- Four extended scenes
- DVD-ROM press kit
A Tout de Suite
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Lili is an impulsive, free-spirited art student living a staid existence with her father in 1970s Paris. When she meets a mysterious young Moroccan man at a nightclub, she falls instantly in love. She soon learns he was involved in a botched bank robbery - where a man was killed - and without hesitation allows him and his accomplice to hide out in her apartment. The next morning, joined by the accomplice's girl, they flee Paris for a dizzying cross-continent escape through Spain, Morocco and Greece. But as the police draw closer, and tensions within the group rise, her adventure takes a sudden and unexpected turn in this dazzling, multi-layered critical favorite from acclaimed director Benoit Jacquot (Sade, The School of Flesh).
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Top customer reviews
Low budget movie. Except for stock shots, it's all interiors, small cast, and shot in mono. The movie, however, generates a good deal of suspense, and Le Besco delivers some great moments. The actor who plays her lover is well matched to her--he plays in a similar style--and his face is also interesting and multifaceted.
See this, and you will want to see another Le Besco film. Fortunately, there are some twenty of them. I wish I had known about her long ago. Oh well, I had Sophie Marceau to keep me happy until Isild came along.
The film is a bit unsettling at first, shot in 2004 in black and white; it is supposed to have a 1970's feel to it - or set in the 1970's. I knew the DVD release was brand new, so I had to check release and filming dates - sure enough its a current film. But the director got some things a bit wrong with the era; nothing I can put my finger on specifically, but the film just wasn't perfectly 1970's. I lived in Paris at that time, and it never really felt like this film. He intercut stock footage from the period, which was all slightly out of focus and badly shot; so it stuck out like a sore thumb compared to the more modern filming.
Then we move to the acting. Its all kind of cardboard, long vapid staring off into space. The lead character Lili, Isild Le Besco, spent about half her screen time staring, very much like the cover art on the DVD. She spent much of the rest drawing. And all the rest without her clothes on, or in bed. The supporting cast was pretty much just there, not a ton of dialog, not much action; they all sort of orbited around Lili, while she was sad, serious, and bored.
Film wise, it is interesting to see black and white filming. But the director chose some of the worlds worst film stock to shoot on. The whole thing was grainy beyond imagination. Black and white can be sumptuous with fineness of tone, details. Instead he created a high contrast grainy mess. The editing was very sad, so many scenes should have been cut, but we remain looking at something we should have long ago stopped seeing. At an hour and 40 minutes, the film is long. At the one hour mark the film turns into almost paint drying. The last 10 minutes are decent, and do put a bow on the story.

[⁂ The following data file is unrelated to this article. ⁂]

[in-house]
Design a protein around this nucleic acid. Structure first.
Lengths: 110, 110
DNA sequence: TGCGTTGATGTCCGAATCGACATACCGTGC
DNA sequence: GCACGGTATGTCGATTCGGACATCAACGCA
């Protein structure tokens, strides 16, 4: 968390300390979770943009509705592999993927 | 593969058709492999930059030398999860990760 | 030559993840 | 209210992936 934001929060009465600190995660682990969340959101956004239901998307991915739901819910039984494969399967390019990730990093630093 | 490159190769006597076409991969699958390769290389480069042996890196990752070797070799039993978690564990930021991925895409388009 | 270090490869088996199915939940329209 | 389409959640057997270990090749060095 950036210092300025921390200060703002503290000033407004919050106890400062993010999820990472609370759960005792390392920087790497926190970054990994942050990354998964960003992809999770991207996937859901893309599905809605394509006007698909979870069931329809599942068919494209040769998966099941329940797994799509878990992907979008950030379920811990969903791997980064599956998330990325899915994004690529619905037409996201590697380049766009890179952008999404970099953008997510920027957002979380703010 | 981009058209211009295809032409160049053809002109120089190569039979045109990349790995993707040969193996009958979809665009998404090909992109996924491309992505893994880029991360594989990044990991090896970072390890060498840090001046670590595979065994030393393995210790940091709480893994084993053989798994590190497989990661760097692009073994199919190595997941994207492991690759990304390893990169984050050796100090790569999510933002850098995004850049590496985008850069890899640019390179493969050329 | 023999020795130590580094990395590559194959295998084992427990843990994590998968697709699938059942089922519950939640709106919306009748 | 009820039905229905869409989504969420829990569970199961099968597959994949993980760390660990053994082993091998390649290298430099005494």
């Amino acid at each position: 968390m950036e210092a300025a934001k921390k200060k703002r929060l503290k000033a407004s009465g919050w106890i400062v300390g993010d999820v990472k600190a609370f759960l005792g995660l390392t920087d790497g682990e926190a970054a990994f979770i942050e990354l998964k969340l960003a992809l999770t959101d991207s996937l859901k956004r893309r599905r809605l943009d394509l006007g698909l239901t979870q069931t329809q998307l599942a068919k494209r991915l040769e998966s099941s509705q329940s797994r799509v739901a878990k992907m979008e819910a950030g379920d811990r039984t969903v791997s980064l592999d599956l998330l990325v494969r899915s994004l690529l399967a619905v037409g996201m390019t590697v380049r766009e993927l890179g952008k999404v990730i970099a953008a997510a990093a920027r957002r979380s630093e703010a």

The film is shown in French with English subtitles. It is not rated, but would likely be R rated if the MPAA watched this one. There is a small amount of strong language. There is a certain amount of nudity. Isild Le Besco is not afraid to take off her clothes, and we are treated to views of her entire pretty body (they did get one thing exactly right about the 70's, a certain lack of shaving). There is one brief scene of full frontal male nudity. From the descriptions, it might seem like this is a sensual romp with Lili. In fact its kind of the opposite. Aside from her first coupling with the Morrocan guy, the sex scenes are not at all sensual. There are no explicit sex scenes at all in this film (there's a strange scene with two men where Lili twists and turns between the two of them, but nothing other than her body is visible - hardly an explicit scene). So younger viewers need not apply to watch this film.
The DVD bonus features are the worst. There are several 'extended' scenes. I watched them, and honestly cannot tell what is extended. They are at best super lame. Don't even bother.
My complaint with this film, it is too long and moves very slowly, there is no real romance or chemistry between the coupling characters, it was a poor attempt at capturing the film style of the 70's, the filming was down right bad (black and white has so much potential), and the story was just not interesting. I love French film, I love black and white films, I love slow moving delicate films; this one just didn't engage me at all.
The film is primarily about Lili's experiences. When she becomes separated from the two men in Greece, she is without contacts or money. She is helped by several people who, predictably, want something in return. She must make her way in these difficult circumstances, taking what she needs while avoiding becoming an object of exploitation. True to the rest of the film, the end does not come with Lili revealing what lessons she has learned. We have to take what we have seen and process it through our own senses and minds without the benefit of heavy-handed proselytizing. A Tout de Suite is proof that speed, violence and special effects are not essential for creating significant and memorable movies. Along with the striking black and white scenes of the various locations, the absence of a soundtrack further compels us to pay close attention to the characters and their surroundings.
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